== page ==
by Chelsea Cain
by Greg Iles
To Angels: The
Dark Ages Recondisered"
by Peter S. Wells
of the Incas"
by Kim MacQuarrie
del Alma Mia"
(Always read in
the native language of the
author, if at all possible, for
maximum pleasure. If you
have to learn the language
to do so, do it. It changes
your reading experience
entirely, not to mention the
fact that it fends of Alzheimers)
The Brilliant Life and Violent Times of Lorenzo
Miles J. Unger
of the Vatican"
by Eleanor Herman
by Bob Woodward
Government Failed You: Breaking the Cycle of National
by Richard Clarke
Britain, The Slaves and The American Revolution"
Power of Art"
by Simon Schama
A Glass Darkly"
(this is so delicious, it's like eating a piece
of the best devil's food cake every afternoon)
War of The World: Twentieth-Century
Conflict and The
Descent Of The West"
by Nial Ferguson
The Unknown Story"
by Jung Chang
of Denial: Bush
At War, Part III"
Star: The Brief
Arc of Joe McCarthy"
(a book from which I conclude that Ann Coulter
must have taken McCarthy as a life model)
Sorrows of Empire: Militarism, Secrecy,
and The End of the Republic"
by Chalmers Johnson
"Hegemony or Survival:
for Global Dominance"
by Noam Chomsky
(I was reading this before Chavez recommended
De La Mancha"
Miguel de Cervantes
(Read it in the original Spanish
for God's sake)
Great War For Civilization:
The Conquest of the Middle East
by Robert Fisk
This is the best book, bar none, I've read about
the nature of conflict in the Middle East. Actually,
it's the best book I've read in years. 1000 pages
of detailed memoirs from Robert Fisk's 30 year
career as a war correspondent. You might think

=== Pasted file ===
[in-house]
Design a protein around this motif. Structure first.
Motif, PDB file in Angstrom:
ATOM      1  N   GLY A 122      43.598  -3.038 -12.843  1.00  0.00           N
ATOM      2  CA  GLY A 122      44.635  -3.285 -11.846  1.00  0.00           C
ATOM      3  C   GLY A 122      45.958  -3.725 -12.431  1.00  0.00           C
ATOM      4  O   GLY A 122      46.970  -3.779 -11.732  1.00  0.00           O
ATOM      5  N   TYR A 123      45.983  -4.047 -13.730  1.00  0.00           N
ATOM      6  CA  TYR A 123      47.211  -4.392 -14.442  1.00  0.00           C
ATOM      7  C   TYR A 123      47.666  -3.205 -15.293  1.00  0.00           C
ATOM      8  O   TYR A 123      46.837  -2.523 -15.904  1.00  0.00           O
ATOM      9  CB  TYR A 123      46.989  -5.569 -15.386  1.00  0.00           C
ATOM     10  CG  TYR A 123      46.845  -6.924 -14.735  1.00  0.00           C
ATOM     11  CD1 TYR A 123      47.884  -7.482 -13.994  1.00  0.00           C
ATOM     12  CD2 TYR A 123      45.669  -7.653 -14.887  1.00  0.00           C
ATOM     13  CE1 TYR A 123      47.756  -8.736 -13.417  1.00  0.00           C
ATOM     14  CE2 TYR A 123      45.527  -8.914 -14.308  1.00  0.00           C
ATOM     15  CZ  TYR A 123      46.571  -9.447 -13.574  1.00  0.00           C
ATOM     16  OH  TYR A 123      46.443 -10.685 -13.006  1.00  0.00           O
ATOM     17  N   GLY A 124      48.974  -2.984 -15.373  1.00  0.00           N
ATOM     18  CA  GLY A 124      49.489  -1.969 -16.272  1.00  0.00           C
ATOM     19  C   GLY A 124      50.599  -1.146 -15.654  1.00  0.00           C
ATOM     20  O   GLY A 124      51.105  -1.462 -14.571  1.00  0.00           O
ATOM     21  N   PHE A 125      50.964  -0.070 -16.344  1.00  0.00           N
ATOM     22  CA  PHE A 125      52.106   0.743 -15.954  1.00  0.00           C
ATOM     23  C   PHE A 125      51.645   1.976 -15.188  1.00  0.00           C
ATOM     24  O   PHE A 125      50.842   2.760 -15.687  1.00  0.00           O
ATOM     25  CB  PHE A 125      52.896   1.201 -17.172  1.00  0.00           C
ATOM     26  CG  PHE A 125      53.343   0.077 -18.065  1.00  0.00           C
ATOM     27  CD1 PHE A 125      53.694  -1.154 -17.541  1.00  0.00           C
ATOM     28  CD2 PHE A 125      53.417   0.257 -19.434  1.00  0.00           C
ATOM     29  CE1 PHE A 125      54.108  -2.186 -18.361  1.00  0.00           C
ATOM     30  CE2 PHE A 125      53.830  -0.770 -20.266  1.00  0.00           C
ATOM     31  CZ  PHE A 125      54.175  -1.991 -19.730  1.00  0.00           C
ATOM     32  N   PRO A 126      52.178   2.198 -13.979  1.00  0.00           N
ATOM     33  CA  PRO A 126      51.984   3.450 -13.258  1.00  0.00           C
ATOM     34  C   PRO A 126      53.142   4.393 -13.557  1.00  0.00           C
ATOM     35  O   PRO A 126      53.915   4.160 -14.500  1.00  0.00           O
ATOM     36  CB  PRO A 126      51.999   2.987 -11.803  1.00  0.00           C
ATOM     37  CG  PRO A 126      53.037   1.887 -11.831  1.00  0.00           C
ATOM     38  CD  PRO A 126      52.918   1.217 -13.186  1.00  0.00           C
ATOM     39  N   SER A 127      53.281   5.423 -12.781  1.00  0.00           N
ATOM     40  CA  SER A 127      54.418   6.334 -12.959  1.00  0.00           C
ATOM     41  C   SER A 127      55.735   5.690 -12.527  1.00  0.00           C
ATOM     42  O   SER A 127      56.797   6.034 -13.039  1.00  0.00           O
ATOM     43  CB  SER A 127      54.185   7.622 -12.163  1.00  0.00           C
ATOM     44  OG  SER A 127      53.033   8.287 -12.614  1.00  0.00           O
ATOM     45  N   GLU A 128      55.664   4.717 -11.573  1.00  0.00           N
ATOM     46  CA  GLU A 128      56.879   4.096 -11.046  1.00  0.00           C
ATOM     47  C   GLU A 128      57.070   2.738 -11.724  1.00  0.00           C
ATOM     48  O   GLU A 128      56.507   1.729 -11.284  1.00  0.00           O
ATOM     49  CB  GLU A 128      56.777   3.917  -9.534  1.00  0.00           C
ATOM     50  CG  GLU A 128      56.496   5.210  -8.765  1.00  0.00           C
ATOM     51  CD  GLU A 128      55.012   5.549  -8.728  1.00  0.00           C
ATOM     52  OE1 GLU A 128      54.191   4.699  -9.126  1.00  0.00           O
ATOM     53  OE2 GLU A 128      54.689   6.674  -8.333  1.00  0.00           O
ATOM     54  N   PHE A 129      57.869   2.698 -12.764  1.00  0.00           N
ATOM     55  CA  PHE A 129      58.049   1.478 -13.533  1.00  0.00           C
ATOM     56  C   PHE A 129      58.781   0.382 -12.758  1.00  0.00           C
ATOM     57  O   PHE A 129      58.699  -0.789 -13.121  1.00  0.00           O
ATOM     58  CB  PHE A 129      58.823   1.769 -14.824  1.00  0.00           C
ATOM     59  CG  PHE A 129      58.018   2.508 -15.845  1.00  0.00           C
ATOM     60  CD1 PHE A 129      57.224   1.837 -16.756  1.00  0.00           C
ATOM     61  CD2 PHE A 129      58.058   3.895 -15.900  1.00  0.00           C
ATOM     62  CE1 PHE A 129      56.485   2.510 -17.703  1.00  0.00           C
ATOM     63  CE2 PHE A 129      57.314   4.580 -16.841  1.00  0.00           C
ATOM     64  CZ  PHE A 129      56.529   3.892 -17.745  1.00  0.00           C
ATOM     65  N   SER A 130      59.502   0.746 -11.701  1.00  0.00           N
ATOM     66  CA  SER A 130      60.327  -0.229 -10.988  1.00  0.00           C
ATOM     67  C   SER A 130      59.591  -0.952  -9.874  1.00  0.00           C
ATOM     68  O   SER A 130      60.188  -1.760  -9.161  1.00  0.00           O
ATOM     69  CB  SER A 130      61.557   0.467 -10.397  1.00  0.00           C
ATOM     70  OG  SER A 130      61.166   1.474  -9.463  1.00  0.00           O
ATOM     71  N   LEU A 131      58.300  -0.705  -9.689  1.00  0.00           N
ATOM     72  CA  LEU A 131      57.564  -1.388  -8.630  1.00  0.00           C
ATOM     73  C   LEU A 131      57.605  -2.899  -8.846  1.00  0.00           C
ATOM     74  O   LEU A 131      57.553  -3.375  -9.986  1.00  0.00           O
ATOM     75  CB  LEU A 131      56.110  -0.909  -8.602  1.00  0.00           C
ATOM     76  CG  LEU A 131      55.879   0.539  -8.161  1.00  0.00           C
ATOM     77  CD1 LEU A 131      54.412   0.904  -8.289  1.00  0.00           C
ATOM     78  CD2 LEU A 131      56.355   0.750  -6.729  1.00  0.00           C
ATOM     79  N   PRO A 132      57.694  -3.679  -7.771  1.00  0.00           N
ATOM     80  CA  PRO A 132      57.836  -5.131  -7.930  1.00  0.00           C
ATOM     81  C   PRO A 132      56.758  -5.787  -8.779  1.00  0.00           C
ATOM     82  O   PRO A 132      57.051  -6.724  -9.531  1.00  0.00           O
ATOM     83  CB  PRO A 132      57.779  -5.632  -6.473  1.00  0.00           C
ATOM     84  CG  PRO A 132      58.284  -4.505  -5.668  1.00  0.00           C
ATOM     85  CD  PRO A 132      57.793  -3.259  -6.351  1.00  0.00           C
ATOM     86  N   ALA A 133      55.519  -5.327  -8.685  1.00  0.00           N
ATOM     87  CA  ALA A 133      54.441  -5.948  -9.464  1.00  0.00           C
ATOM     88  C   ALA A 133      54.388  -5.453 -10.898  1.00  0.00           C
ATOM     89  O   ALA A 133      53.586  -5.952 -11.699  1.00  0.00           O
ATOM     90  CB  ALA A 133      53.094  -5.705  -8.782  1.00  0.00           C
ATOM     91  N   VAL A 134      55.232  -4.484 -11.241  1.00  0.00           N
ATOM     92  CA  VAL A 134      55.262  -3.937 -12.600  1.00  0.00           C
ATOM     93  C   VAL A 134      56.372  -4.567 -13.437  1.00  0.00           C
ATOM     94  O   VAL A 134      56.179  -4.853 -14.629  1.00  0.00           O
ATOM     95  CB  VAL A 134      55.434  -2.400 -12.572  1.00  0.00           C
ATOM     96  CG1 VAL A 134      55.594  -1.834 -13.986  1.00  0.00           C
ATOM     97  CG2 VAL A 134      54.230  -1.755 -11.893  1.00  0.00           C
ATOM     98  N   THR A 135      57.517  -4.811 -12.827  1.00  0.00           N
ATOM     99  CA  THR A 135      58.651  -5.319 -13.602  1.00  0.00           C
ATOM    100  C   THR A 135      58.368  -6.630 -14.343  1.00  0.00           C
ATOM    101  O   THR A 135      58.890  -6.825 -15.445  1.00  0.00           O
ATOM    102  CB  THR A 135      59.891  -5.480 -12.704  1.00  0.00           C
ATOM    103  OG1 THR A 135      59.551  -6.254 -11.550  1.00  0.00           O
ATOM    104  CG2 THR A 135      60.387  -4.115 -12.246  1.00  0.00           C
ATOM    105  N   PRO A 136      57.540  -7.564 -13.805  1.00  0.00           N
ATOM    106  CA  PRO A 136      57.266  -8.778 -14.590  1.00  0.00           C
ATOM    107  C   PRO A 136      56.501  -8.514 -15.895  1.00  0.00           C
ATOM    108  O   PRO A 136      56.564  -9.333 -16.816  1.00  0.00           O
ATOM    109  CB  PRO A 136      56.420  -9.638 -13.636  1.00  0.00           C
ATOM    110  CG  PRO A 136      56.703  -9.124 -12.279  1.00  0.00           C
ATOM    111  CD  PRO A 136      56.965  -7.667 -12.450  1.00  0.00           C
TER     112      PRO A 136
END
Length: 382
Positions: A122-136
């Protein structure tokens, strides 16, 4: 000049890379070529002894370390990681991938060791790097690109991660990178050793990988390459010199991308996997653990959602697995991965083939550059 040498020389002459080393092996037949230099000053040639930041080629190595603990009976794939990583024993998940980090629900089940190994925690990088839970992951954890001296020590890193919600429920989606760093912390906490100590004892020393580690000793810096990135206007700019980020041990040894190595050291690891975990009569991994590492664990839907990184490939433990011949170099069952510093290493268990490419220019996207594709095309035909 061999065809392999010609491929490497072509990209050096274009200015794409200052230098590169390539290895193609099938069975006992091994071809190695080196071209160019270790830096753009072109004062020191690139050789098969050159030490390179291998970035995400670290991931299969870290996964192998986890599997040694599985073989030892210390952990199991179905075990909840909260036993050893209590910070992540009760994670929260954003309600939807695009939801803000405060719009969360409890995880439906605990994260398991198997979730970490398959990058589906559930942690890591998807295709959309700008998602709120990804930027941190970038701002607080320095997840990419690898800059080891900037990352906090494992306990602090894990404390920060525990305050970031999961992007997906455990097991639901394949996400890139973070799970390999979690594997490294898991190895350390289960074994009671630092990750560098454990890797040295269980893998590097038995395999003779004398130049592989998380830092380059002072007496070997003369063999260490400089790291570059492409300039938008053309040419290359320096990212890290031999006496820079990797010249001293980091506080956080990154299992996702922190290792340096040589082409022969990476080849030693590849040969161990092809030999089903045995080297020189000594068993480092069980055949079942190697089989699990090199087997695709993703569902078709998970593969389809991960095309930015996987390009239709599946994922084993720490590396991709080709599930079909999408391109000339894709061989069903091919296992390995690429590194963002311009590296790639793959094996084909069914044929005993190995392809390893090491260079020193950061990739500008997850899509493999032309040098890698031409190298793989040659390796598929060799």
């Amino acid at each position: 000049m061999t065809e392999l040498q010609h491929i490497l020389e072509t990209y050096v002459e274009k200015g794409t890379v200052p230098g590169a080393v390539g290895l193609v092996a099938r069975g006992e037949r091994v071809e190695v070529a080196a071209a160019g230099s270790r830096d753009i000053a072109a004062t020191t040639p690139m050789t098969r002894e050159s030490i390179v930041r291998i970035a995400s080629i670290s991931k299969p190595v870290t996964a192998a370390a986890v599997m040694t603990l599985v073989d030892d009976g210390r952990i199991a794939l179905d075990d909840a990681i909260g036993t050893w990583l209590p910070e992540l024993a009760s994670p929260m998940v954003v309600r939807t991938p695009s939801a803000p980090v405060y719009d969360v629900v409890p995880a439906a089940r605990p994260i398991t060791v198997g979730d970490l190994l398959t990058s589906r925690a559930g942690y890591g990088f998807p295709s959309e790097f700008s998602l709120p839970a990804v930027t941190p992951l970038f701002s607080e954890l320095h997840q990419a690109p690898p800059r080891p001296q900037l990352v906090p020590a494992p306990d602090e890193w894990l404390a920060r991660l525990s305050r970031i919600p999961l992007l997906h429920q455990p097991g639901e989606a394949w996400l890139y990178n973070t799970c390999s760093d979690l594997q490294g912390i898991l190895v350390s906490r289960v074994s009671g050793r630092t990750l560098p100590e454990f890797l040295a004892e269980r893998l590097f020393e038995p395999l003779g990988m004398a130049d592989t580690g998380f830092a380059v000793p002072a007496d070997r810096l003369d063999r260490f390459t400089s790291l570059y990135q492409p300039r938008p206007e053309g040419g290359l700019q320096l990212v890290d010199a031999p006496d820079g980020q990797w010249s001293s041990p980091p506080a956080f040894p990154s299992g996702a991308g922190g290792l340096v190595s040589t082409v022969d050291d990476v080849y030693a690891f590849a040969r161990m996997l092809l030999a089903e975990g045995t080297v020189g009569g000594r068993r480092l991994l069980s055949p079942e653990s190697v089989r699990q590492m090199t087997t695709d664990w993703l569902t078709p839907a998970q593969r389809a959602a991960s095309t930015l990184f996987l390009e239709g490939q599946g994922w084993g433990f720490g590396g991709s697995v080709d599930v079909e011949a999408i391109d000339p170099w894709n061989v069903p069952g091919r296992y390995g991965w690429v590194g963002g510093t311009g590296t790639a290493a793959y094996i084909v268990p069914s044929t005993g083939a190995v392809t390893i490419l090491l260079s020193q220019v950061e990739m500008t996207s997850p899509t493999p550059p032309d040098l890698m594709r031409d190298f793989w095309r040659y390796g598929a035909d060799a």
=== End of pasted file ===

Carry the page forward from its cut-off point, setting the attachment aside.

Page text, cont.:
that would be mindnumbing, but Fisk is a very
moving narrator who has been on the ground in
all the conflicts in Iraq, Iran, Afghanistan,
Lebanon, Syria, Pakistan, Saudi Arabia, and Israel.
Every one of the pages in this book is written
with both fabulous historical scholarship and
a compassionate eye for the human experience of
soldiers and civilians. I fell in love with Fisk
because the people he has interviewed and observed
are neither demonized nor turned into "collateral
damage". Amazing, hunh? A man who writes
about war and politics, not as "events"
but as experiences people actually lived through.
So with this book you get a whole lot more than
a chronicle of governments; you get a picture
of what people did, thought, how they died, what
they intended, and how their intentions went astray.
If you read this single book, you would add immensely
to your understanding of why so many people in
the Middle East distrust the West. It ain't because
they "hate our freedom". What? Can't
read fat, high content books with powerful affect?
If you only read a page or two of this book while
sitting on the toilet in the morning . . .you
would want to read it constantly in your spare
time. Fisk renders the humanness of inhuman struggles
just that compelling: you could move from casual
bathroom reading to complete absorption in one
I have read a ton of stuff on the Middle East
and 20th Century conflict and the minute I started
reading this book, I got teary with relief that
there is at least one person who conveys an understandable
human story about warfare.